Security issues have haunted big city events since 9/11. L.A. has established a memorandum of understanding with the California Olympic and Paralympic Public Safety Command, a cooperative constituted by the city, the Los Angeles Organizing Committee for the Olympic and Paralympic Games 2028 and the California Office of Emergency Services that will help coordinate law enforcement on the city, state and federal level during the Games.
Two council members — Mike Bonin and Nithya Raman — opposed the Public Safety Command, concerned about its reach.
There’s a precedent for concern — the public expenditure on security for the 1984 Olympics in Los Angeles included bomb-sniffing dogs, the National Guard and the FBI. While the federal government forked over for about half the cost, taxpayers were certainly on the hook for the rest of what the New York Times called the “security net,” the largest and most expensive in peacetime.
The 1984 Games saw what’s become a common approach to the homeless, one the Los Angeles Police Department described at the time as “trying to sanitize the area.” During the 2016 Rio Olympics there was a draconian campaign to transport homeless residents far from where tourists could see them.
None of the specifics regarding public investment in jobs or treatment of unhoused residents for the 2028 Games have yet been publicly addressed.
“When the draft agreement comes before our committee and then the full Council, I’ll be looking for key elements including: local hire provisions, ample small business involvement, a thoughtful and inclusive approach to arts and culture, comprehensive insurance policies and environmental impact protections,” Councilmember O’Farrell’s office said in a comment.
John Rennie Short, author of Hosting the Olympic Games: The Real Costs for Cities, says the oft-cited claims of a public return on public investment don’t generally hold up. “All the studies say that actually it is a bit of a wash,” he attests.
Short is no fan of the IOC — in a clip from NBC News he calls it a small, nontransparent, private organization that should be abolished. “The IOC just wants to make money. They don’t really care about the city, to be honest,” he declares.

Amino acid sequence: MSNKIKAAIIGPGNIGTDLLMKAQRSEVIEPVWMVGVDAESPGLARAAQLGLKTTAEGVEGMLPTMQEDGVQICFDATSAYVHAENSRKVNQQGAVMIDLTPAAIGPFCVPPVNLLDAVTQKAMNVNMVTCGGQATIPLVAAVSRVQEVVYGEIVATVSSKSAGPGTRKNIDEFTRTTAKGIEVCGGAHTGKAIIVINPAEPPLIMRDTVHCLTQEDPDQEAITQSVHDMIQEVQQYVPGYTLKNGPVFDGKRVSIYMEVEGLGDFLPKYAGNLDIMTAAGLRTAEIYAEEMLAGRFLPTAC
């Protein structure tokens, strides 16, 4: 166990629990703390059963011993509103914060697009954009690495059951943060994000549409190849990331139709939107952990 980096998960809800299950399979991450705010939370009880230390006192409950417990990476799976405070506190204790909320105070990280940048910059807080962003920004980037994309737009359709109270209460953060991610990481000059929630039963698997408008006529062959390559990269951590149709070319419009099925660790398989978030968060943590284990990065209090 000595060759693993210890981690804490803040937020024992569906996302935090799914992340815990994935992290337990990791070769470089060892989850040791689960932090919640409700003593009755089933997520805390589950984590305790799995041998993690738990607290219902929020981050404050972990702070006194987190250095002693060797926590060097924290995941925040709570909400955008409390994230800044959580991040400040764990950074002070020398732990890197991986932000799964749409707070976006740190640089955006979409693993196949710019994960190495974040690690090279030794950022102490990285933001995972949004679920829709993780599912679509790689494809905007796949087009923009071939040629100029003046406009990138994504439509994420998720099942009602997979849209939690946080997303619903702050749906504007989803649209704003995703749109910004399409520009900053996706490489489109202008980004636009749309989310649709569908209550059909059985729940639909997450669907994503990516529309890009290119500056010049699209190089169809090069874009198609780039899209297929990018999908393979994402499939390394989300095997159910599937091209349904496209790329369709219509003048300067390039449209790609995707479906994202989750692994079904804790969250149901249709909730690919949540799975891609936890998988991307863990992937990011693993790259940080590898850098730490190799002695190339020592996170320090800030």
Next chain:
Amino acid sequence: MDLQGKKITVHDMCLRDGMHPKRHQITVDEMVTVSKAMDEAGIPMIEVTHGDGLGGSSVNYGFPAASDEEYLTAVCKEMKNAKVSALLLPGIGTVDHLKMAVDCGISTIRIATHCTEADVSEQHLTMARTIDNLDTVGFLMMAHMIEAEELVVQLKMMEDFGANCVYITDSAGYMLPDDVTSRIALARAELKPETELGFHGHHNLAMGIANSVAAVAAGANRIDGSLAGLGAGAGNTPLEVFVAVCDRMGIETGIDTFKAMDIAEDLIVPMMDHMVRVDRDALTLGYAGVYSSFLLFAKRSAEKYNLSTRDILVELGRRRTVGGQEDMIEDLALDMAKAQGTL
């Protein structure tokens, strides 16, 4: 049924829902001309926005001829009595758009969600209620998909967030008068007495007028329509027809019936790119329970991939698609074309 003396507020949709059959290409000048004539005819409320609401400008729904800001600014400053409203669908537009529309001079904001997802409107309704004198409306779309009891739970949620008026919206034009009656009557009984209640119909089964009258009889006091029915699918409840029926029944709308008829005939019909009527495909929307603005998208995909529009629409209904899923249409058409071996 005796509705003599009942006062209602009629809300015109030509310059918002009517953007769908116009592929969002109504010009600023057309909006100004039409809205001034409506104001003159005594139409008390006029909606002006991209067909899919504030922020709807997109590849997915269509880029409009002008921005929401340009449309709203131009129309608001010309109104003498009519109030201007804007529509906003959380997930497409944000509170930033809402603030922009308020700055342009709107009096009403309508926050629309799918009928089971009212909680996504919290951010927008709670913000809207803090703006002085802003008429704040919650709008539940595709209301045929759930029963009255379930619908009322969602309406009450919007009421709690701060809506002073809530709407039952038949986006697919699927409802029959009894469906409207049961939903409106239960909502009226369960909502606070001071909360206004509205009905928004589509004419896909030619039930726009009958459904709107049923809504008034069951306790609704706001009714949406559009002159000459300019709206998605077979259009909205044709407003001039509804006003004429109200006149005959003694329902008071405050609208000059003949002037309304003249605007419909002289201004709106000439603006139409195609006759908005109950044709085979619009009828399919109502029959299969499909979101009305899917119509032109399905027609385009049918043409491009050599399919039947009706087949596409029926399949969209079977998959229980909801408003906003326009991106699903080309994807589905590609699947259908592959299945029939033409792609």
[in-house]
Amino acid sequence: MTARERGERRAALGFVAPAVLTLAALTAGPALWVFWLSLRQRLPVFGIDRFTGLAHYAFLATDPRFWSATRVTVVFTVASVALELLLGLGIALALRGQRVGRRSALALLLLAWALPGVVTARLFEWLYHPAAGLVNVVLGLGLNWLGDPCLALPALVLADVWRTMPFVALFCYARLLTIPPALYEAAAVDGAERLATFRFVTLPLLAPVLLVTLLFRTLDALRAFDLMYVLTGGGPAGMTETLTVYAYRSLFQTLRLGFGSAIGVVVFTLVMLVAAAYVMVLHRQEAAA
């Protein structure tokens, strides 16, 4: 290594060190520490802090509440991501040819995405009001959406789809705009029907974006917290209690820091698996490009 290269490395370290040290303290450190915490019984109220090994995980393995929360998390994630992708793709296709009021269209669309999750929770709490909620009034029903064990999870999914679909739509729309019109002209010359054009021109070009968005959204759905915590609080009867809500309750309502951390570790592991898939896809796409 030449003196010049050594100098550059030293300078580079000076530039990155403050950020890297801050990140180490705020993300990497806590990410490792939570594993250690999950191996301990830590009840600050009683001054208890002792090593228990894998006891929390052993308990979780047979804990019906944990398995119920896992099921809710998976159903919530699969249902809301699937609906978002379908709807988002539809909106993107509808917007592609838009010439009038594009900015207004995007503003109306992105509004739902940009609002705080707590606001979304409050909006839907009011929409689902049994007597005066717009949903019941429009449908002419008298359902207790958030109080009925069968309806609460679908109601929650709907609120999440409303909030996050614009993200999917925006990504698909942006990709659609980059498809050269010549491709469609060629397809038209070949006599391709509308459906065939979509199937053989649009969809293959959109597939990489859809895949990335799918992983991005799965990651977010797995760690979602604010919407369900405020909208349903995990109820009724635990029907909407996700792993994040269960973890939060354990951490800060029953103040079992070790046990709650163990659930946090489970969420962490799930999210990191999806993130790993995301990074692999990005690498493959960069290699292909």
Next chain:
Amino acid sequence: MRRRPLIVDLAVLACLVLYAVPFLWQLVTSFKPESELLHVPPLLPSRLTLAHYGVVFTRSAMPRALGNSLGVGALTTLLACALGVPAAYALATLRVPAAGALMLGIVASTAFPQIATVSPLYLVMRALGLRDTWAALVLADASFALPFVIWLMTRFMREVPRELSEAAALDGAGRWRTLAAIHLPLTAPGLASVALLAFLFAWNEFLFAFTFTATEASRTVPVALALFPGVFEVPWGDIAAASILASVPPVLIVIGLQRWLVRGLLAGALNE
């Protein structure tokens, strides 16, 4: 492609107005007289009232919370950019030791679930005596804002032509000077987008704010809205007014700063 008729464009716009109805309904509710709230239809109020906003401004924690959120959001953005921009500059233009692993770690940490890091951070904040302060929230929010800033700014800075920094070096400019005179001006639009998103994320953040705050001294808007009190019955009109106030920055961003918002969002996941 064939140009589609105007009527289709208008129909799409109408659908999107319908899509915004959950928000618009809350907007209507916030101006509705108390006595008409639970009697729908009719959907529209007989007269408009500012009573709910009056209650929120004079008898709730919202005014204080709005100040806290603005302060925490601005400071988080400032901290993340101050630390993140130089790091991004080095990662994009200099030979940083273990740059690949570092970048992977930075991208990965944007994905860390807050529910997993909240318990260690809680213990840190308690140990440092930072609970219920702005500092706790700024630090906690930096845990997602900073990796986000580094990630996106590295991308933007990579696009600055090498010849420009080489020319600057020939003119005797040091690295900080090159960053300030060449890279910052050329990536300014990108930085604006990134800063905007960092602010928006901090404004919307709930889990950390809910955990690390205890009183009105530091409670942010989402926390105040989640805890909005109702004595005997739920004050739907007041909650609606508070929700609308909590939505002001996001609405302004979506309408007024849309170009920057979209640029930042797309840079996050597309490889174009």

Atlanta never recovered from hosting the 1996 Olympic Games, Short says. “Huge congestion. You had the knocking down of low income African American communities, public funds to rebuild the Atlanta Braves baseball stadium for a millionaire who never really needed any public money. Atlanta was what could definitely go wrong.”
But in other cases deliberation by local governments resulted in creating social equity. What it took was strong fiscal management, he says.
In Sydney, Australia, in 2000, the city used the Games as a way to enact environmental remediation. “The city cleaned up a toxic waste site and basically got a brand-new suburb,” Short says.
He calls the 1992 Barcelona Summer Olympics “a great success story of how you can leverage hosting the Olympics. The city plan was about general city improvement with an eye toward who benefits afterwards.”
Dan Flaming is president of the Economic Policy Roundtable and has worked on community development and housing issues for decades. “I’d like to see responses to homelessness that aren’t simply cosmetic, responses that would provide stable and ongoing solutions” — trash collection, city access to showers and bathrooms, rent subsidies — not to mention investments in affordable housing.
A lot of the money that typically comes in goes into capital investments in Olympic facilities — to build or adapt them, he says. Flaming observes that public debt builds up on investment in one-use venues. The IOC calls on localities to provide state-of-the-art venues for various sports. “My concern is that they’ve always been demanding it in the past — they probably are demanding it now,” he explains.
Instead, some of the investment might better be directed toward the most visible image of Los Angeles, he says. “When we’re going to show our face to the world, we may want to up our game about homelessness.”